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Politics Senate group urges Ottawa to invest in Arctic as climate change threatens northern infrastructure, sovereignty claims

A group of senators is urging the federal government to invest in infrastructure funding to help Arctic residents adapt to a landscape that is being rapidly altered by climate change.

Conservative Senator Dennis Patterson and Independent Senator Patricia Bovey, the chair and deputy chair, respectively, presented the Special Senate Committee on the Arctic’s recommendations at a news conference on Wednesday, saying the report is a wake-up call for the government.

A special Senate committee has called for increased infrastructure spending, defence in the Arctic as retreating ice brings increased foreign interest in northern resources and navigation.

CLEMENT SABOURIN/AFP/Getty Images

Mr. Patterson said many problems in the North are related to infrastructure, such as melting permafrost’s impact on housing, roads and airport runways.

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The report states that the Arctic is warming at twice the rate of the global average, and that melting permafrost threatens all-season and ice roads in the Northwest Territories, as well as housing and community facilities throughout the Arctic.

“The need to improve infrastructure is top of my mind for many northerners, but funding priorities are often controlled by Ottawa-based bureaucrats and politicians, even, that don’t truly understand the needs of the North,” Mr. Patterson said.

Ms. Bovey said that melting permafrost is affecting communities all over the Arctic, adding that southern building codes don’t work in the North. She said Indigenous knowledge needs to be used in combination with scientific research in the Arctic to properly address these issues.

“I was very impressed with some of the scientists who were working in the North in the way Indigenous knowledge is included in some of their research, but what we’re calling for is much more,” she said.

Ms. Bovey said scientists can measure melting sea ice, but Indigenous knowledge allows them to look at ice and understand the texture, depth and safety of the ice.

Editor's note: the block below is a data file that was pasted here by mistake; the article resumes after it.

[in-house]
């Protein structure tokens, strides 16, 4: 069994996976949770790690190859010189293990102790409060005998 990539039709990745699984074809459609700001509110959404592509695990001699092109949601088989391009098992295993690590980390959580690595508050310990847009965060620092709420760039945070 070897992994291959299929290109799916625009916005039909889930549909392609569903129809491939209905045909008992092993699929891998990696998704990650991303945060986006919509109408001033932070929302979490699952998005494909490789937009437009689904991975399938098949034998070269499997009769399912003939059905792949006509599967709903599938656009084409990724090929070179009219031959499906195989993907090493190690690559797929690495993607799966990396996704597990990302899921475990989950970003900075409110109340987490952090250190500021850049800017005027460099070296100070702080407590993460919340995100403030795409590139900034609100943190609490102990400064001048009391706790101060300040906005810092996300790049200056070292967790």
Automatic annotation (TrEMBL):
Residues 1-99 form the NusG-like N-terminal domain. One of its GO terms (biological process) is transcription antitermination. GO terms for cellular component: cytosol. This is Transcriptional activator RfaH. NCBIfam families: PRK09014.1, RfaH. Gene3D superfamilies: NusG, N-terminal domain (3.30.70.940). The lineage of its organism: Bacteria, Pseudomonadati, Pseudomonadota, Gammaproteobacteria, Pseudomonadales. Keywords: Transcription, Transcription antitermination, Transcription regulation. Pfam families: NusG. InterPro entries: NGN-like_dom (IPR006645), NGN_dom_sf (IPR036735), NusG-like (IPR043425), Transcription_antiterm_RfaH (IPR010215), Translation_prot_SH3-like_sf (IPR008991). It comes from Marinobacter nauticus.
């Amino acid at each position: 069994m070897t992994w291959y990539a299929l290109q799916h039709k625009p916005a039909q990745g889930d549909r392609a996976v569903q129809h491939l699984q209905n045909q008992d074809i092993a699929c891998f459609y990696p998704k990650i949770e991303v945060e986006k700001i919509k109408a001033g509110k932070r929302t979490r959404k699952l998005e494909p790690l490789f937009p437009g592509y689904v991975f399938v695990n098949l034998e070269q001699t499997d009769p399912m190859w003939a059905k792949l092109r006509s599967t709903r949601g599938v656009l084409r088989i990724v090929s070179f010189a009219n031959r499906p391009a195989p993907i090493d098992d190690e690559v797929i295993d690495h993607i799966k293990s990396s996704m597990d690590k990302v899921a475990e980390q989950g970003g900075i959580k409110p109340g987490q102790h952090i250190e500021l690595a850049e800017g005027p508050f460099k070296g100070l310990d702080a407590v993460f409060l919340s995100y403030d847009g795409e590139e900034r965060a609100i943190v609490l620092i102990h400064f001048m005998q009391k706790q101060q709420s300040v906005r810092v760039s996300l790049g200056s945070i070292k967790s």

ARCTIC SEA ICE EXTENT

Area of ocean with at least 15 per cent sea ice,

in millions of square kilometres

18

1980

16

2000

14

2010

2019

12

10

8

6

4

2

0

J

F

M

A

M

J

J

A

S

O

N

D

CARRIE COCKBURN / THE GLOBE AND MAIL,

SOURCE: NATIONAL SNOW AND ICE DATA CENTER

ARCTIC SEA ICE EXTENT

Area of ocean with at least 15 per cent sea ice,

in millions of square kilometres

18

1980

16

2000

2010

14

2019

12

10

8

6

4

2

0

J

F

M

A

M

J

J

A

S

O

N

D

CARRIE COCKBURN / THE GLOBE AND MAIL,

SOURCE: NATIONAL SNOW AND ICE DATA CENTER

ARCTIC SEA ICE EXTENT

Area of ocean with at least 15 per cent sea ice, in millions of square kilometres

18

1980

16

2000

2010

14

2019

12

10

8

6

4

2

0

J

F

M

A

M

J

J

A

S

O

N

D

CARRIE COCKBURN / THE GLOBE AND MAIL, SOURCE: NATIONAL SNOW AND ICE DATA CENTER

Melting ice has also led to an increase of international vessels through the Northwest Passage, particularly in the eastern waters of Nunavut, which threatens Canada’s sovereignty, Mr. Patterson said.

The report outlines these challenges, with specific reference to China’s Xuelong voyage. Witness testimony in the report said the Chinese government received consent to travel through the waters after asking for permission to conduct marine scientific research, rather than asking permission for its state vessel to enter Canadian waters, as Canada’s position would require.

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In another example, the report cites U.S. Secretary of State Mike Pompeo’s statement in May of 2019 that Canada’s claim of the Northwest Passage is “illegitimate.”

Mr. Patterson said the government must increase its presence in the North to investigate potential security threats and ensure emergency preparedness.

Adam Austen, press secretary to Minister of Foreign Affairs Chrystia Freeland, said in an e-mailed statement that the government is firmly asserting itself in the North and that Arctic sovereignty is well established.

“Canada will continue to exercise the full extent of its rights and sovereignty over its land territory and its Arctic waters, including the Northwest Passage,” Mr. Austen said.

An overarching theme of the report is it empowers regional governments to deliver services and programs to its residents.

Mr. Patterson said that while federal funding is needed, northern communities should be responsible for choosing their own path forward. He said northerners have been experiencing the changes in the Arctic first-hand and can most efficiently respond to them.

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“The devolution of decision-making responsibilities to northerners is something that I have been advocating for my entire political career,” he said.

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